It should be no surprise to anyone who’s spent much time in conservative Lutheranism that we have difficulty talking about the sacraments with other denominations. We get along reasonably well with other denominations that take a “high” view of the sacraments, saying that God is indeed active in and through them. Notably the Catholic and Orthodox Churches will agree with us there. At the same time, we don’t agree with them about what exactly God is doing through those sacraments. We all have slightly different definitions of the word.
Strictly speaking, it’s ok to disagree about the definition of the word, since the word was used as an aid for the church to help it talk about what these acts are. It isn’t a Biblical word, so we are free to use it however we feel best supports the work of the church. However, these different definitions do make it more difficult to have inter-denominational discussions about the sacraments, since we constantly have to go back to our differing definitions to make sure each side understands the other.
Those denominations we have a lot more difficulty talking to are those on the other end of the spectrum. These are the denominations that generally put people in the driver’s seat regarding the sacraments. Many of the Reformed and Anabaptist denominations, as well as the various non-denominational churches around will fall into this category. Whether the sacraments are described as a memorial or a public confession, or as a way to call down the Holy Spirit for one reason or another, they all make the sacraments entirely up to the individuals to do if they so choose. The value in them ends up being very subjective. The church may say these things are important and may encourage you to participate, but in the end it’s up to you and what you get out of it.
As Lutherans, we don’t really like what the Catholic and Orthodox Churches do with the sacraments, but we respect that they treat them with the reverence they deserve. They acknowledge them as the work of God. This commonality gives us a basis for discussion. We have a harder time having this conversation with other denominations since we see the sacraments working so differently.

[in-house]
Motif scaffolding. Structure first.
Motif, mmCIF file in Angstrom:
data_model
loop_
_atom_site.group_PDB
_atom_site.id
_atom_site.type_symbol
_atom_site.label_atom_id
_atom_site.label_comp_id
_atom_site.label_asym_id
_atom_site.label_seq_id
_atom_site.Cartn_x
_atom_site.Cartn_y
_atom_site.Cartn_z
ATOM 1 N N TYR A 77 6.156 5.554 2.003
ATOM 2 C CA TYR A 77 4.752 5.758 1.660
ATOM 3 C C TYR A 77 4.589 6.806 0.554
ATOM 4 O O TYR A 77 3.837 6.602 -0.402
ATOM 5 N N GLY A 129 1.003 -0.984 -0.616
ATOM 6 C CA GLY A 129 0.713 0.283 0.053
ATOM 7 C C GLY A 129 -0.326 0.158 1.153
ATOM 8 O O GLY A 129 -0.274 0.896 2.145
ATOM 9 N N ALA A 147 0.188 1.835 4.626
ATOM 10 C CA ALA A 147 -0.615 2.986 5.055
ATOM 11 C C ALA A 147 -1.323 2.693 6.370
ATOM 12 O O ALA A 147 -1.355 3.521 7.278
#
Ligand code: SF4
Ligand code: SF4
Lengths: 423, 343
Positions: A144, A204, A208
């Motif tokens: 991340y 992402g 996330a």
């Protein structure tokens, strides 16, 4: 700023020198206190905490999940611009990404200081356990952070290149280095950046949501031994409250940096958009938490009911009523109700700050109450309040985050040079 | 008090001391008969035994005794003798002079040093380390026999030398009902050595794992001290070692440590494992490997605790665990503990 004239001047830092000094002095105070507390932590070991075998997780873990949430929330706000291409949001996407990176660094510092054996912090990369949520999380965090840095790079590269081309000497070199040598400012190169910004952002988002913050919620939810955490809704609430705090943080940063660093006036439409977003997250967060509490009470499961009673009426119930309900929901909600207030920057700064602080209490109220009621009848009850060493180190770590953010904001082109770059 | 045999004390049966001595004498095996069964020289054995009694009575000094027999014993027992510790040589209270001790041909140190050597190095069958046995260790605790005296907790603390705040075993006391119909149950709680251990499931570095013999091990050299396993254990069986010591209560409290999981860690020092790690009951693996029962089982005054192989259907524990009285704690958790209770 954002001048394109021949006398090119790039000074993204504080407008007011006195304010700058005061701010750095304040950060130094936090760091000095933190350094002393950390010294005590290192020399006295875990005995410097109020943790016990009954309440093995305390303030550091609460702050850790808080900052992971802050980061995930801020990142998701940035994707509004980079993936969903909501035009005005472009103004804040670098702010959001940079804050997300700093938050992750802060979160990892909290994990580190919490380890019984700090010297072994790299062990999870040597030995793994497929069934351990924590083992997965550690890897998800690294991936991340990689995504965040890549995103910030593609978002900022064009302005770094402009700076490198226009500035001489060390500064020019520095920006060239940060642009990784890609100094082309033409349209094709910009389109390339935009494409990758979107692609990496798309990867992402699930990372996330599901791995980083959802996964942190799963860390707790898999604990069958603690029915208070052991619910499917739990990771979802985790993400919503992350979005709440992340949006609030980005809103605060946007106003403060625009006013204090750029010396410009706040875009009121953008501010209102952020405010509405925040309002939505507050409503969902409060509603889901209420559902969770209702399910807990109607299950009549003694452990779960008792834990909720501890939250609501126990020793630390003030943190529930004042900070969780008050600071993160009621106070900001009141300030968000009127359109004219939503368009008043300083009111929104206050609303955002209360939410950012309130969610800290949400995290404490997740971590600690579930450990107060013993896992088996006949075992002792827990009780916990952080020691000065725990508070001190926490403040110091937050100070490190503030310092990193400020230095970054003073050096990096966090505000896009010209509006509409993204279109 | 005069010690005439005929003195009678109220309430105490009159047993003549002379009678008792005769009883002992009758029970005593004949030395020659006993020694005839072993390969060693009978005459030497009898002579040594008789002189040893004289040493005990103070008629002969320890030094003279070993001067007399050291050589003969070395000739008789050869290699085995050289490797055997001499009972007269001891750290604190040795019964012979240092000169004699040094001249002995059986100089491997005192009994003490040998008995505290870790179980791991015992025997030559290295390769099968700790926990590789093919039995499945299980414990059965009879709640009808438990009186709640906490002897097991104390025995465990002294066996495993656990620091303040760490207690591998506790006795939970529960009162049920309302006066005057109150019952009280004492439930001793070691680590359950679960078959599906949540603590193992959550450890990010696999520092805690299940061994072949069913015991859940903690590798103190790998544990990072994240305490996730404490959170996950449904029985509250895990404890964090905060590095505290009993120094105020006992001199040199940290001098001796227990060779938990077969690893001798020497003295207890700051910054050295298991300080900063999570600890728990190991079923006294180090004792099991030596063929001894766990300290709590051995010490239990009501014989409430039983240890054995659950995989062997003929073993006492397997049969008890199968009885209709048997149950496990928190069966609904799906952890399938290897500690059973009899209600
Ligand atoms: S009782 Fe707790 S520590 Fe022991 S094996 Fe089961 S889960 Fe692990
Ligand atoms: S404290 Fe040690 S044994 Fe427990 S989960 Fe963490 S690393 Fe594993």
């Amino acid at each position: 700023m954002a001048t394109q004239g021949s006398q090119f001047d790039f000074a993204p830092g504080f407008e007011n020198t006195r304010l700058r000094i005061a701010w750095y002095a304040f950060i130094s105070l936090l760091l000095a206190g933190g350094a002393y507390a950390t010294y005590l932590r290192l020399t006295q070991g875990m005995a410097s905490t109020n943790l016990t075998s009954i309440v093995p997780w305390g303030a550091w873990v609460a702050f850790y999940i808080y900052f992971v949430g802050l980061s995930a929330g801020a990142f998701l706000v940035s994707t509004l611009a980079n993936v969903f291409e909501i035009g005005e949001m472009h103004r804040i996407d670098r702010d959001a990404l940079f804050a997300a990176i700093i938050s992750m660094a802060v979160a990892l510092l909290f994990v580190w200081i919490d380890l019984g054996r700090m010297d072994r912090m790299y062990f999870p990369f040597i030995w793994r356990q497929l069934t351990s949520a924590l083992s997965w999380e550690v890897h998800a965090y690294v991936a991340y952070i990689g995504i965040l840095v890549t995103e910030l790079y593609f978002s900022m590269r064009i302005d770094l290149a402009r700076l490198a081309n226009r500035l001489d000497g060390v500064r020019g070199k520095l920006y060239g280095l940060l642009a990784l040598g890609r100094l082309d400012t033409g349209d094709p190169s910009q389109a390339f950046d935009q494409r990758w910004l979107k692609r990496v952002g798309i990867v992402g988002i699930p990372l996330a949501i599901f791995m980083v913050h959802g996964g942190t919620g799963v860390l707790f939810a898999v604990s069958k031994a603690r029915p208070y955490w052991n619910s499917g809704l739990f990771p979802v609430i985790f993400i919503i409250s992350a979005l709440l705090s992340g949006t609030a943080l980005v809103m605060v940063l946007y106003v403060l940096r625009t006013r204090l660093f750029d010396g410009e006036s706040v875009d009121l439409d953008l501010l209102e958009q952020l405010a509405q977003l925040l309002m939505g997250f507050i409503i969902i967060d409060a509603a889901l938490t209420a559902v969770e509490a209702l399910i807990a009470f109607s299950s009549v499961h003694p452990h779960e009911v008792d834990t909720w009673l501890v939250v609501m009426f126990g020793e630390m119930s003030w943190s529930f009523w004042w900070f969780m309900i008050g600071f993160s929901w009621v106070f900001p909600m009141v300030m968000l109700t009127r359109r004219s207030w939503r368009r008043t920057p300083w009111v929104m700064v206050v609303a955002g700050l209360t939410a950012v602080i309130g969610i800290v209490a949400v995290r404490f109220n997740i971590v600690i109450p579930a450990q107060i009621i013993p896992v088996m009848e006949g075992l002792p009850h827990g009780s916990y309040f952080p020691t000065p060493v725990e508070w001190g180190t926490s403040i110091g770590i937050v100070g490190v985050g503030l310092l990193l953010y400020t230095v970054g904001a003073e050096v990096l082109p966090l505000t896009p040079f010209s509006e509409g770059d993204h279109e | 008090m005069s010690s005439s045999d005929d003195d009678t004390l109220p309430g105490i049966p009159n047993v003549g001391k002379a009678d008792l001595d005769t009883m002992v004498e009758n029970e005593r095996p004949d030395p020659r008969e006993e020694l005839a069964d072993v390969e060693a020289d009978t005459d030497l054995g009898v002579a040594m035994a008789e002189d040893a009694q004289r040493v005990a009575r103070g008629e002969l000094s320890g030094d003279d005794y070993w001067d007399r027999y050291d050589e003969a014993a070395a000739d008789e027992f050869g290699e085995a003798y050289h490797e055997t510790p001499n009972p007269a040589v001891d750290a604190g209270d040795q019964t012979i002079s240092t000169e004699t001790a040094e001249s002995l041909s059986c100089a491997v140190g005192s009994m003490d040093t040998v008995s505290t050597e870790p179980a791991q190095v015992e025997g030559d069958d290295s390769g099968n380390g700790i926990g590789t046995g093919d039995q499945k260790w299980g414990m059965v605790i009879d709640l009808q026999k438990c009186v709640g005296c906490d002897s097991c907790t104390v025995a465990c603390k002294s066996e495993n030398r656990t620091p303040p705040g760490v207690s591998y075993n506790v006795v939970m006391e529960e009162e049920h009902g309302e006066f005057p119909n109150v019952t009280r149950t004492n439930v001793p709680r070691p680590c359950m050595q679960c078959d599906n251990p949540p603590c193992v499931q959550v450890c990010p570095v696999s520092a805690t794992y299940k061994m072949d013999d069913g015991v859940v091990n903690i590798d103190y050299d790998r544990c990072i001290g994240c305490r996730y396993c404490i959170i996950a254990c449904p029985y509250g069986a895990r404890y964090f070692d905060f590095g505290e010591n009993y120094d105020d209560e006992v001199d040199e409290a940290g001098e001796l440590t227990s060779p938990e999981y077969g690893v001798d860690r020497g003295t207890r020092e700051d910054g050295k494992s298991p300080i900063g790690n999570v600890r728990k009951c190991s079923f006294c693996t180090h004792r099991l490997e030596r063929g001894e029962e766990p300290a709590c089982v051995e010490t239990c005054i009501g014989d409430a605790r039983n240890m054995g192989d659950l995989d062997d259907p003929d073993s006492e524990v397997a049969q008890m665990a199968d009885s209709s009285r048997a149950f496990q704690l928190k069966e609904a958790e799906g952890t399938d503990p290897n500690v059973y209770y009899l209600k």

To some extent, I wonder if the communication problems we have with the Reformed and other like-minded traditions are our own fault. We Lutherans tend to narrow the focus of the sacraments down to a pinpoint. We bring the theological magnifying glass to bear on the most important aspect of the sacraments: God’s act of grace. We, unfortunately, do this almost to the exclusion of all else. That makes conversation difficult.
When you dive deep into the sea of sacramental theology, the richness you find there is almost overwhelming. There are a great many themes and concepts that are woven into both baptism and communion that go above and beyond a surface understanding of forgiveness. It’s about time we own it.
The fact of the matter is that those churches that describe communion as memorial meal are not wrong. When Christ Himself says, “Do this in remembrance of me,” it is pretty conclusive what He thinks about it. Those who describe baptism as a public confession are also not wrong. Baptism brings the believer into the Body of Christ. It is an act that is always intended to be public and even when done privately, such as in cases of emergency, the intention is always to announce and affirm that baptism publicly in the midst of the congregation.
Our kneejerk Lutheran tendency is to decry these views as wrong, but they are not wrong. Rather, they are out of order. Baptism is indeed a public confession, but it is a confession that responds to what God does through baptism. God claims me as His own child through the water and the Word and I affirm that I am truly His child. In fact, this public confession is something that is part of my life as a disciple of Christ. The whole intention of the sacrament is that God is setting me a part and making it known to the world who I am and whose I am. Thus, public confession is necessarily a part of the rite.
The same is true of communion as a memorial meal. We eat the bread and wine, the body and blood, in remembrance of God’s promises. It is a memorial to the grace of God. The meal functions similarly to the Ebenezer (the “stone of help) the prophet Samuel sets up in 1 Samuel 7, declaring what God has done for His people. But, again, the memorial meal must necessarily also acknowledge that God has acted and continues to act through the meal. God is not done working through His sacrament. Those called to the Lord’s Table have been renewed by His grace and continue to receive it. Without this grace, there is little to memorialize.
Instead of looking down our noses at our brothers and sisters in Christ and pondering how they could be so terribly misguided, it is time we recognize the breadth of the sacraments. It’s time we acknowledge that our focus on forgiveness often turns into theological tunnel vision. The great contribution of Luther in the Reformation was in putting things in the proper order. Good works are indeed necessary in Christian life, but they come as a response to God’s grace, not as the work that precedes it. I believe this is the place we can truly add to the discussion of the sacraments with those around us. Put the emphasis on God’s grace, yes, but then look at everything that comes from that grace and how much of that we are privileged to participate in.